We can rest assured that this is the path ahead.  It is probably the only road the government and Fed are willing to take.  They can’t make this announcement to global markets since a large part of those buying our debt are foreign institutions.  Yet how else are we going to pay for this bill?  From 2005 to 2013 we took on this debt from $7 trillion to nearly $17 trillion today!  We added something like $10 trillion in eight years.  Going back to 2000 the picture is worse.  And you think it is going to get cheaper to support all the retiring baby boomers?

The government had a Sophie’s choice and decided essentially to do nothing.  Keep the status quo.  Swallow the blue pill and deal with this debt crisis later.  Sounds very familiar to the financial crisis.  Logically think about this.  We are lurching to a debt spiral.  For many Americans, the shutdown was a sideshow because they are already suffering dramatically as the middle class shuts down permanently.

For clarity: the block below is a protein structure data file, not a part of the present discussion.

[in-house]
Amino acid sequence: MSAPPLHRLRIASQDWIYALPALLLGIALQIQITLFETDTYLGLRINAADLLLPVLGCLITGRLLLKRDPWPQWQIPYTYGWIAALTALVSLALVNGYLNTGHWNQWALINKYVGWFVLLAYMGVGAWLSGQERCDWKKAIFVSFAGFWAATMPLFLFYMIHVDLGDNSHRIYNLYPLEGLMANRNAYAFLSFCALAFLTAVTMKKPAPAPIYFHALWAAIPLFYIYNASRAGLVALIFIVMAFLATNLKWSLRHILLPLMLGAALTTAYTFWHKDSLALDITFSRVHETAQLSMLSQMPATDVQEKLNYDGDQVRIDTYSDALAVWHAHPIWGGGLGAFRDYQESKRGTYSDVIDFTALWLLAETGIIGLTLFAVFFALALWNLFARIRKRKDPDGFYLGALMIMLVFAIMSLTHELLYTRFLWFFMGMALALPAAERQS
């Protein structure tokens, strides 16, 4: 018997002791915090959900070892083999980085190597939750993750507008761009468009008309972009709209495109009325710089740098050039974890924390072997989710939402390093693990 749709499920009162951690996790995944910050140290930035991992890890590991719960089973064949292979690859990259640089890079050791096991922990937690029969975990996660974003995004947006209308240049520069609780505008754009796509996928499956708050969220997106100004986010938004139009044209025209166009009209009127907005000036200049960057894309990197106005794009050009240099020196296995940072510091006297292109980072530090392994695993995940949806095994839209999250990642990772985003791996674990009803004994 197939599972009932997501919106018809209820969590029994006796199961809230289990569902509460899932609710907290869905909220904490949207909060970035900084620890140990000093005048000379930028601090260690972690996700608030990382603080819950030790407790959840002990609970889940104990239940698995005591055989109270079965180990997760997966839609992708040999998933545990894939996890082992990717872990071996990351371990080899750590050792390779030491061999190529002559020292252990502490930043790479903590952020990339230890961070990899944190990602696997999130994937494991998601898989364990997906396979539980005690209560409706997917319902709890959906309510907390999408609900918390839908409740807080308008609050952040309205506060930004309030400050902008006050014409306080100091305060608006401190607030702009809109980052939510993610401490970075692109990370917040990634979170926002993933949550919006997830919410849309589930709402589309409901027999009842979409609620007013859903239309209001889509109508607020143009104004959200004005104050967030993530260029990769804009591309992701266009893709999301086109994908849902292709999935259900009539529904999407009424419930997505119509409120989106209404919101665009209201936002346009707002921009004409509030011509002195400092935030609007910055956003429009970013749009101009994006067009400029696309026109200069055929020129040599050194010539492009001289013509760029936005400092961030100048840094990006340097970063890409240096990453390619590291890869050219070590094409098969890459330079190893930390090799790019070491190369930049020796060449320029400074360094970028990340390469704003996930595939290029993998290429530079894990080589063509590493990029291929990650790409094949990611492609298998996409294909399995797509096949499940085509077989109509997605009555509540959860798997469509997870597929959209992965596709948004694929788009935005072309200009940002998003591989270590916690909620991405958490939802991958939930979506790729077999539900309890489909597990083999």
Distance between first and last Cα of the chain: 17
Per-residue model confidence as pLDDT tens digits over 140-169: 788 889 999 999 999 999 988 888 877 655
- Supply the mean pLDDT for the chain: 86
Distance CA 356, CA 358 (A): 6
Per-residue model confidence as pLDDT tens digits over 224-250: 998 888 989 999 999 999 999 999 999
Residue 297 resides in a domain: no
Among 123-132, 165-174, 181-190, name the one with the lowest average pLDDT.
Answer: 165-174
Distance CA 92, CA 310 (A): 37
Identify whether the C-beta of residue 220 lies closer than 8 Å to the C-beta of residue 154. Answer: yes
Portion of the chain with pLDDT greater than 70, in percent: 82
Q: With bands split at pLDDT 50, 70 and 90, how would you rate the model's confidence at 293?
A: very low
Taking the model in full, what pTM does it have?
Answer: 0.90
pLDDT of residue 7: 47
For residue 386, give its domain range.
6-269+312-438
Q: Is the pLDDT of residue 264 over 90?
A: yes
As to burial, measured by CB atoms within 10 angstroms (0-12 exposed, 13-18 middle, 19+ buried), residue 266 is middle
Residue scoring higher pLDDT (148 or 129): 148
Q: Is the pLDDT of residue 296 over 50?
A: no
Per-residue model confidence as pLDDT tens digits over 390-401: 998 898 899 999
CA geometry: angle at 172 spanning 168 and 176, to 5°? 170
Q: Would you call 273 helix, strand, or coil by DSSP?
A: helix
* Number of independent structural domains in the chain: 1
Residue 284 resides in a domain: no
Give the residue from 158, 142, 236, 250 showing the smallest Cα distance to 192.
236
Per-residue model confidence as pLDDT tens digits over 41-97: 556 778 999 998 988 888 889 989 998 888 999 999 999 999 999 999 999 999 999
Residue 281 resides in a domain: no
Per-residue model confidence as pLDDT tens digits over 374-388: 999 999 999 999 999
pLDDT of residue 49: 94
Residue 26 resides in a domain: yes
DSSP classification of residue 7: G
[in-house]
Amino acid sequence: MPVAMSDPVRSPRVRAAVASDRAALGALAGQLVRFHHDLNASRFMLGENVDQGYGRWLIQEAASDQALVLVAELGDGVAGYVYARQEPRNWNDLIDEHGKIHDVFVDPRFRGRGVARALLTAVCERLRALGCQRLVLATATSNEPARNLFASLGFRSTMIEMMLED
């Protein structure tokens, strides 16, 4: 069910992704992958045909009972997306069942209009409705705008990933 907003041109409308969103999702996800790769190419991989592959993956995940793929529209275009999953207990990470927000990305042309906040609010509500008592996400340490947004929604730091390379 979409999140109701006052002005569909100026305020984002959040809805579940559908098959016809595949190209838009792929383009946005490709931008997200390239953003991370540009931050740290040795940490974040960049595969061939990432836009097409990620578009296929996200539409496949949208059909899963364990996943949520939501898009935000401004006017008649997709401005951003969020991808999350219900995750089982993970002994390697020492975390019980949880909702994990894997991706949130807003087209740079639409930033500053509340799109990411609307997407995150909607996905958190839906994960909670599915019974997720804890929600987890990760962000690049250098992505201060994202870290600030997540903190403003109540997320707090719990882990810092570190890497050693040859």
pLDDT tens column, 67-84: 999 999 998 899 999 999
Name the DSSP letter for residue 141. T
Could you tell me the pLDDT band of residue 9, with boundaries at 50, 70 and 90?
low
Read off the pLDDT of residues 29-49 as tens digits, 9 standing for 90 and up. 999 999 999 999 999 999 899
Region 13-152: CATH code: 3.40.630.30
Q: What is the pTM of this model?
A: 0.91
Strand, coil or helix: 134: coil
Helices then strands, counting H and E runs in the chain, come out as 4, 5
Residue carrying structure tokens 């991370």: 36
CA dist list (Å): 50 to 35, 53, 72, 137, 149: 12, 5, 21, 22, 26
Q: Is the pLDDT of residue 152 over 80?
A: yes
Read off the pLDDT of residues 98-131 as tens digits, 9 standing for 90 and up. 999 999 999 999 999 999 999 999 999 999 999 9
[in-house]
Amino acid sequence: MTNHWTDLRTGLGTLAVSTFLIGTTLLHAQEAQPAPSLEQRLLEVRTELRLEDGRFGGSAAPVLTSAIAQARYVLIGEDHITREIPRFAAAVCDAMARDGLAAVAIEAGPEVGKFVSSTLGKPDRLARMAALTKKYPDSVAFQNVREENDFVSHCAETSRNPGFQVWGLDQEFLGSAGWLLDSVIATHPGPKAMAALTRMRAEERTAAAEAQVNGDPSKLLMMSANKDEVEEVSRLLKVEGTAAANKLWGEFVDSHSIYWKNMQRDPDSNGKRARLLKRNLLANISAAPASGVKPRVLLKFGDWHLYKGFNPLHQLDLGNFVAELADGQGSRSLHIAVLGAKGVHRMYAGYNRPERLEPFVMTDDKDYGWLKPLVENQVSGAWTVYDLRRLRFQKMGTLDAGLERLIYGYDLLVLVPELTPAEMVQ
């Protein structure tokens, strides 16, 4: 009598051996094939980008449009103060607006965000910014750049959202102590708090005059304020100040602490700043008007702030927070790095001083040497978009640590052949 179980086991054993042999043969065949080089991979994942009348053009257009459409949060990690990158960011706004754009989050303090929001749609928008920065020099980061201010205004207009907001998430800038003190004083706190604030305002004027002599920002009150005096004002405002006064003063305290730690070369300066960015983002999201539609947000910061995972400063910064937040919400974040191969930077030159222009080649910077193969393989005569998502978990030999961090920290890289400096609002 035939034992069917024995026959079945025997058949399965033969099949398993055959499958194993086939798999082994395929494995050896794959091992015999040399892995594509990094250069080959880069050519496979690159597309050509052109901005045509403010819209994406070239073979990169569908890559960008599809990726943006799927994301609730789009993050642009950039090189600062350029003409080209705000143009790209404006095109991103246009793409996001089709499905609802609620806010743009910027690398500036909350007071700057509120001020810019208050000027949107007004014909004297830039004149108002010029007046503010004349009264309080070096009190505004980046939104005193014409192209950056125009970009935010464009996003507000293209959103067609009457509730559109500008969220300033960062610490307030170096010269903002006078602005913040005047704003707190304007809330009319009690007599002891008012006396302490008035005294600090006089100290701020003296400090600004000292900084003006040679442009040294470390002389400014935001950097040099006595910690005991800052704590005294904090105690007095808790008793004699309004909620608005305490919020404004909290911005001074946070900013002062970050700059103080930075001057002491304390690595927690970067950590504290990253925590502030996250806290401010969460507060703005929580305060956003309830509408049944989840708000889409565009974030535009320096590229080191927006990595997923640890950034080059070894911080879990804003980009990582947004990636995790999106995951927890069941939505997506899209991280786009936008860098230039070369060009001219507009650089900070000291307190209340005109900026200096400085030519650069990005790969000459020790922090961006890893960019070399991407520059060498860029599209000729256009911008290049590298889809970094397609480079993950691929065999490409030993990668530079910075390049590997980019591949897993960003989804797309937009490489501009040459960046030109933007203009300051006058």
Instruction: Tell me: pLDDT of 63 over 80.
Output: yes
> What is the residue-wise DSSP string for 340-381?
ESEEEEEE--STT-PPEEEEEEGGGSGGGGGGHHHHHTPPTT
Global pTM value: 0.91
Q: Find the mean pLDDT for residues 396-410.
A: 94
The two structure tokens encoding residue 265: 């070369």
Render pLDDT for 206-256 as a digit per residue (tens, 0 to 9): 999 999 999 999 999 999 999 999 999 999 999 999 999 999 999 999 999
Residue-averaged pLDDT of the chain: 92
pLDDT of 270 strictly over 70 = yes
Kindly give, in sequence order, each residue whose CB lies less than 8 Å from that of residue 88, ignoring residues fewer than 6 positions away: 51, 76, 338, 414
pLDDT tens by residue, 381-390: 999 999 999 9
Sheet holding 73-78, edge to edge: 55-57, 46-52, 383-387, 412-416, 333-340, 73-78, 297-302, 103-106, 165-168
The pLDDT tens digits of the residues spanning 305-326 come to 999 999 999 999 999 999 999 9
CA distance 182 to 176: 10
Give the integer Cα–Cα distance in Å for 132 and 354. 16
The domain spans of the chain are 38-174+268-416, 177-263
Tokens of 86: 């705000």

With that said, the US standard of living hit a 10-month low:

us standard of living

Source:  Gallup

Keep taking that blue pill and pretend that approaching $17 trillion is no biggie.  Have you noticed how much it costs for energy?  Healthcare?  Housing?  College?  No issue with 47 million Americans on food stamps?  Of course the Fed wants you to believe that inflation is all a figment of your imagination.

RSSIf you enjoyed this post click here to subscribe to a complete feed and stay up to date with today’s challenging market!

 

 

TAGS: , , , , , , ,




3 Comments on this post

Trackbacks

  1. Arizona said:

    YOU GUYS want to worry about something?WELL here it is,DHS is empting out every reserve food warehouses in america ,and then taking the food to the LANDFILLS and burning it,AMERICA IS ABOUT TO SEE A “FAMINE” that will scare the world to death and kill millions of americans from starvation,now I know most people can’t get their arms around this,ITS over their head,BUT I see everyone is worried about their money,TRY BUYING A LOAF OF BREAD,with a wheelbarrow full of gold coins,WHEN THERES NO BREAD..ever went for a week with no food,try a month with no food,or a year with no food,THINK IT CAN’T HAPPEN,well ,america is going to find out the hard way, ain’t THEY…………